Are stand-alone cages sufficient for anterior lumbar interbody fusion?

Orthop Surg. 2012 Feb;4(1):11-4. doi: 10.1111/j.1757-7861.2011.00164.x.


Anterior lumbar interbody fusion (ALIF) has increased in popularity because it has advantages over posterior fusion. Because there is disagreement about the stability of stand-alone cage ALIF, some surgeons use various types of supplementary fixation, including anterior plates, pedicle screw systems and translaminar screws, to increase segmental stability. Many factors associated with both the cages and endplates influence the time of onset and extent of subsidence after use of stand-alone cage ALIF. A large round cage with an adequate central opening is recommended to facilitate maximum contact with the periphery of the endplate. With regard to the relationship between radiographic fusion and recurrence of symptoms with the development of subsidence, most researchers have reported finding no correlation. Subsidence may be due to a process of bone incorporation between cages and endplates. Does subsidence or nonfusion really matter clinically? Further prospective, randomized controlled trials are very much needed to answer these questions.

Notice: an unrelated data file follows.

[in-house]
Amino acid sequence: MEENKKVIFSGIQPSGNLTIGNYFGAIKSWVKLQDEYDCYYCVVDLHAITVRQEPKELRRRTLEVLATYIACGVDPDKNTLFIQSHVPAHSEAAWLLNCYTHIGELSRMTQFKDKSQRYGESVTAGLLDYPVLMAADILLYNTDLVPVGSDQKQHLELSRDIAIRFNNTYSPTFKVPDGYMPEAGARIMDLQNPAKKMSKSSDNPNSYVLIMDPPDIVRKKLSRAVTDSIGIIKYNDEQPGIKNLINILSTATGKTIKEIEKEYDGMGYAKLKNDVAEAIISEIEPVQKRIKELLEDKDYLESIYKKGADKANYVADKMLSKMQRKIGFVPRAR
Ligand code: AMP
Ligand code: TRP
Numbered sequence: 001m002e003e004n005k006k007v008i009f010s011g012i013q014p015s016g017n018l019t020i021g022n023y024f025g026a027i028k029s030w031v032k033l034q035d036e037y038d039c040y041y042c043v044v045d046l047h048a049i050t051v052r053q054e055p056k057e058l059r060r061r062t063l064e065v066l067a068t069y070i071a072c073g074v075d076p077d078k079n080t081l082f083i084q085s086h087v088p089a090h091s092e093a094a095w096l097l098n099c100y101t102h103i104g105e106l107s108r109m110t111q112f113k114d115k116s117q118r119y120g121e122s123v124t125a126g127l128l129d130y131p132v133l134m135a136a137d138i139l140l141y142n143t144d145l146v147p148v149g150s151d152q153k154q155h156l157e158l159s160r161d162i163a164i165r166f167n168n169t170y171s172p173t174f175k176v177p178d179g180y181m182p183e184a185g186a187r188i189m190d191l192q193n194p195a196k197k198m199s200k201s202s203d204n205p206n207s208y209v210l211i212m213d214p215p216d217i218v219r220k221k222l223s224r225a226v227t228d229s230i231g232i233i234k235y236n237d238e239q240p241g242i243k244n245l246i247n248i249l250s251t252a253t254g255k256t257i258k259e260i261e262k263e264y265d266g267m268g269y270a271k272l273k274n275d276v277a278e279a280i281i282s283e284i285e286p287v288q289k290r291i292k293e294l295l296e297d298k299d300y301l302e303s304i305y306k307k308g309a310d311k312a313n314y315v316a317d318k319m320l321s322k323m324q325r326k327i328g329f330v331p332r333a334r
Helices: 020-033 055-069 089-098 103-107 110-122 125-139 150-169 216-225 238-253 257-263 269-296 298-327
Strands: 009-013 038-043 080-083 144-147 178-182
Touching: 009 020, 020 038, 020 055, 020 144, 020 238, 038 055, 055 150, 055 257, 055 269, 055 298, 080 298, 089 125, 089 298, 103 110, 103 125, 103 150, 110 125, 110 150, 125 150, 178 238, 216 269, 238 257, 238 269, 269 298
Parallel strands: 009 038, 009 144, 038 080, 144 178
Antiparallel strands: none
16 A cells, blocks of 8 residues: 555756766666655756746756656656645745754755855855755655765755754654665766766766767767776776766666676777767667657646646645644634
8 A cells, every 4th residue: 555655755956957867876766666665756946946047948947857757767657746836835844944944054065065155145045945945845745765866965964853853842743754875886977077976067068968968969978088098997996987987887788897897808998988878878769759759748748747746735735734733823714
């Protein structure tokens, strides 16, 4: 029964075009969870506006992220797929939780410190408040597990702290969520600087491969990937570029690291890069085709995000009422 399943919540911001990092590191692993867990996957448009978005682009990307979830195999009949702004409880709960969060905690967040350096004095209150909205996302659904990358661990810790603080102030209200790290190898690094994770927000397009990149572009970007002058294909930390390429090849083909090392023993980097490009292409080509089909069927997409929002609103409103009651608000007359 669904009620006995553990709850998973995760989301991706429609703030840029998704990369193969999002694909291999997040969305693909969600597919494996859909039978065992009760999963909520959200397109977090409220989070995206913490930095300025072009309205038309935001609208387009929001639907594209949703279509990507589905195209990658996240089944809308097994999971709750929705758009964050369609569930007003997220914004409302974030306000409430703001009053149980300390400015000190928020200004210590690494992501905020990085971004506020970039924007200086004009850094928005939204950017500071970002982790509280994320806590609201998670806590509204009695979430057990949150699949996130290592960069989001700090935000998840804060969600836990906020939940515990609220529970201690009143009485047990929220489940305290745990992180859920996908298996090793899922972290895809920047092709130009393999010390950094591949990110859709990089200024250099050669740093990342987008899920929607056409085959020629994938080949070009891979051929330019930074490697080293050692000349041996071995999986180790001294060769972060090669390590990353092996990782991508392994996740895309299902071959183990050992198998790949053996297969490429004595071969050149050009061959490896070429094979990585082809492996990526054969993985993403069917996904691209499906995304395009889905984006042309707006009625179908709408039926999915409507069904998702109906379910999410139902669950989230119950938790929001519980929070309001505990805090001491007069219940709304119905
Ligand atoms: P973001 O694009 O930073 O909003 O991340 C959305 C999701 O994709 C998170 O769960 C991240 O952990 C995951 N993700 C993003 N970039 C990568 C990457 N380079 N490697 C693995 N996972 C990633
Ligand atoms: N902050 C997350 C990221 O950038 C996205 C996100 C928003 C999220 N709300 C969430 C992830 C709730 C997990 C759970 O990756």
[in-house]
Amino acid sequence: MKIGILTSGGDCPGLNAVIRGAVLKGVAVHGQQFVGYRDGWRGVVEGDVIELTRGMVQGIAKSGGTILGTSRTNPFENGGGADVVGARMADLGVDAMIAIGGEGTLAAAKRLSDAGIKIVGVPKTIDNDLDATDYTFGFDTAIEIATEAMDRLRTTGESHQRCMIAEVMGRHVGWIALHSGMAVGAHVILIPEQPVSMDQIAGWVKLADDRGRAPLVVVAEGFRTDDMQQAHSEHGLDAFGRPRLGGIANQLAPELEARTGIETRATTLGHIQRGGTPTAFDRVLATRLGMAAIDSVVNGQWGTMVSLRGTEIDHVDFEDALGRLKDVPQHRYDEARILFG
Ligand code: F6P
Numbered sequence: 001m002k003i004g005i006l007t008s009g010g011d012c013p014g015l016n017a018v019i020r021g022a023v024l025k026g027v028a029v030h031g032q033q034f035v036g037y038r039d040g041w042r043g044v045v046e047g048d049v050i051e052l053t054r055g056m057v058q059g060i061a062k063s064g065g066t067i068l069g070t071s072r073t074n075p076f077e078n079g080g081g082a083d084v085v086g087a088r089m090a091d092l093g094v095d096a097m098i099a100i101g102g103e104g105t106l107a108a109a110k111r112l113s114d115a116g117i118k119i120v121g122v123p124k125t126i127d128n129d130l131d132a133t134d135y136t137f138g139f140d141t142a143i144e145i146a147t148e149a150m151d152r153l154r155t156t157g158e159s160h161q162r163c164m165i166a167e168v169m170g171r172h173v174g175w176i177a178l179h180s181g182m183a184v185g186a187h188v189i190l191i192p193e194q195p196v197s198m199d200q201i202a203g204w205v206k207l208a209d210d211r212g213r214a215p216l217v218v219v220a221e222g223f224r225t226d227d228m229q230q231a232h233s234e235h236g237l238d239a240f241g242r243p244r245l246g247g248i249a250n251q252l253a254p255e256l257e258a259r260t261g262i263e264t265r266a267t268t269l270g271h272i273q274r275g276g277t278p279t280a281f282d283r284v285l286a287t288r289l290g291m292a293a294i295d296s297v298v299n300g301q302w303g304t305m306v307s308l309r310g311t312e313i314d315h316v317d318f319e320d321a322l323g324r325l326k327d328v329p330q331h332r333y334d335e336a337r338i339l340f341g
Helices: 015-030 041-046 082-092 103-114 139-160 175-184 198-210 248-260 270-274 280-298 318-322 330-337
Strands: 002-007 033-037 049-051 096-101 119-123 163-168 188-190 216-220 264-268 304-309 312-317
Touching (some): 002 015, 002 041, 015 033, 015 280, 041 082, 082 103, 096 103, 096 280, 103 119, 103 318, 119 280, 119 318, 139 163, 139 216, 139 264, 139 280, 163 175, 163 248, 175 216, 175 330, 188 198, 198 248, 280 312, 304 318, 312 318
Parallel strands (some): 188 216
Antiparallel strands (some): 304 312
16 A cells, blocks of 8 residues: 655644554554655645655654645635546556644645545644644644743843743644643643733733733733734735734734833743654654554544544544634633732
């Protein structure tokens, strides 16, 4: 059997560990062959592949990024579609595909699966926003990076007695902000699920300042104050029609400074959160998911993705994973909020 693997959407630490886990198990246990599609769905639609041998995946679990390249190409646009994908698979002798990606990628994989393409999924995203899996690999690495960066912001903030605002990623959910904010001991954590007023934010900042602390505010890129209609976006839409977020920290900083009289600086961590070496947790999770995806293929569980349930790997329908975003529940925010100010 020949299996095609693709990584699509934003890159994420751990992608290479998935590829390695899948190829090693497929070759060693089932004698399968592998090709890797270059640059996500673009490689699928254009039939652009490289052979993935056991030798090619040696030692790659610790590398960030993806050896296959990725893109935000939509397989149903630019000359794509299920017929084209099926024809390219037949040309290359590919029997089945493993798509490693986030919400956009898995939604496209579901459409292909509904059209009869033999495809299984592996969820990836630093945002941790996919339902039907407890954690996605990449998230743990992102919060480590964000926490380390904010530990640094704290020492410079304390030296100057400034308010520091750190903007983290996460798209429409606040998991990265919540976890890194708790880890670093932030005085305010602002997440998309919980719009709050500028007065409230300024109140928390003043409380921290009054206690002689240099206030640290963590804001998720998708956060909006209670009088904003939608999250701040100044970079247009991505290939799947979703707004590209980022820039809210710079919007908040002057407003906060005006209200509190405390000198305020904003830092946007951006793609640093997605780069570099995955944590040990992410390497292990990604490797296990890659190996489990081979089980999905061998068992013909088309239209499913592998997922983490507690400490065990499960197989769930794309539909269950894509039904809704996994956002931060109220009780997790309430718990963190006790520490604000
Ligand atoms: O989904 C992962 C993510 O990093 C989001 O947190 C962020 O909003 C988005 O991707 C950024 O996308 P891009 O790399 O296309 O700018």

Publication types

  • Review

MeSH terms

  • Humans
  • Internal Fixators*
  • Lumbar Vertebrae / surgery*
  • Spinal Fusion / instrumentation*
  • Spinal Fusion / methods
  • Treatment Outcome